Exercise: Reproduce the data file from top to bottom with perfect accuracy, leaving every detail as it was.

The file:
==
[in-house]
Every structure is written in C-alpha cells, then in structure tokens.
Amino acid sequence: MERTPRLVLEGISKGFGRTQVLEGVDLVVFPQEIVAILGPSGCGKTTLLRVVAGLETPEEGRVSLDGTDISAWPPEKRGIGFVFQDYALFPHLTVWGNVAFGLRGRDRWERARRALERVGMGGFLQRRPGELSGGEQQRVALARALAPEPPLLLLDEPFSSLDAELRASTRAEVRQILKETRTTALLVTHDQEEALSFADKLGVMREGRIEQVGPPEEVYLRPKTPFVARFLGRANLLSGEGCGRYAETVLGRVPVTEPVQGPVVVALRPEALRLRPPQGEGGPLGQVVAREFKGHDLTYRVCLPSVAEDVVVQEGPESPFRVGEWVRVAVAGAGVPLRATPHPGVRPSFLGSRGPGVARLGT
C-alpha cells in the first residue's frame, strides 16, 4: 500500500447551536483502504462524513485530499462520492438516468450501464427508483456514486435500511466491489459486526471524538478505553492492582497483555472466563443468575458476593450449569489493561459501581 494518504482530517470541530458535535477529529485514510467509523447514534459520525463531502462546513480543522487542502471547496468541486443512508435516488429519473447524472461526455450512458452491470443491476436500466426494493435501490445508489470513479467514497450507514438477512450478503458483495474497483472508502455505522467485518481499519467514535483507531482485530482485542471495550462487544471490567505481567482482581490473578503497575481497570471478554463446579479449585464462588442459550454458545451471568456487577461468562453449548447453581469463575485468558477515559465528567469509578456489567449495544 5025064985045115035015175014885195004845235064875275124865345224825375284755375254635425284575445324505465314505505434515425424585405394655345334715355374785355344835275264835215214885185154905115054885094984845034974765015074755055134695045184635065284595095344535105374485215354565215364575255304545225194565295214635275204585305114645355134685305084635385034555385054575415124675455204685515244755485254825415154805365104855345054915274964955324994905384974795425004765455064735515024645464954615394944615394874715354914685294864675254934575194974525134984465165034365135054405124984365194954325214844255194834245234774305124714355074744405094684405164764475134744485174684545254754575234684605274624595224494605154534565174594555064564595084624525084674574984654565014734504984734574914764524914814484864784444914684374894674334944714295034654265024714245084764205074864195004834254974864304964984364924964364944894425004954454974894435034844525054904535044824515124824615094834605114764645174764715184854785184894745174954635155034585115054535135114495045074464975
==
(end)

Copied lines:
[in-house]
Every structure is written in C-alpha cells, then in structure tokens.
Amino acid sequence: MERTPRLVLEGISKGFGRTQVLEGVDLVVFPQEIVAILGPSGCGKTTLLRVVAGLETPEEGRVSLDGTDISAWPPEKRGIGFVFQDYALFPHLTVWGNVAFGLRGRDRWERARRALERVGMGGFLQRRPGELSGGEQQRVALARALAPEPPLLLLDEPFSSLDAELRASTRAEVRQILKETRTTALLVTHDQEEALSFADKLGVMREGRIEQVGPPEEVYLRPKTPFVARFLGRANLLSGEGCGRYAETVLGRVPVTEPVQGPVVVALRPEALRLRPPQGEGGPLGQVVAREFKGHDLTYRVCLPSVAEDVVVQEGPESPFRVGEWVRVAVAGAGVPLRATPHPGVRPSFLGSRGPGVARLGT
C-alpha cells in the first residue's frame, strides 16, 4: 500500500447551536483502504462524513485530499462520492438516468450501464427508483456514486435500511466491489459486526471524538478505553492492582497483555472466563443468575458476593450449569489493561459501581 494518504482530517470541530458535535477529529485514510467509523447514534459520525463531502462546513480543522487542502471547496468541486443512508435516488429519473447524472461526455450512458452491470443491476436500466426494493435501490445508489470513479467514497450507514438477512450478503458483495474497483472508502455505522467485518481499519467514535483507531482485530482485542471495550462487544471490567505481567482482581490473578503497575481497570471478554463446579479449585464462588442459550454458545451471568456487577461468562453449548447453581469463575485468558477515559465528567469509578456489567449495544 5025064985045115035015175014885195004845235064875275124865345224825375284755375254635425284575445324505465314505505434515425424585405394655345334715355374785355344835275264835215214885185154905115054885094984845034974765015074755055134695045184635065284595095344535105374485215354565215364575255304545225194565295214635275204585305114645355134685305084635385034555385054575415124675455204685515244755485254825415154805365104855345054915274964955324994905384974795425004765455064735515024645464954615394944615394874715354914685294864675254934575194974525134984465165034365135054405124984365194954325214844255194834245234774305124714355074744405094684405164764475134744485174684545254754575234684605274624595224494605154534565174594555064564595084624525084674574984654565014734504984734574914764524914814484864784444914684374894674334944714295034654265024714245084764205074864195004834254974864304964984364924964364944894425004954454974894435034844525054904535044824515124824615094834605114764645174764715184854785184894745174954635155034585115054535135114495045074464975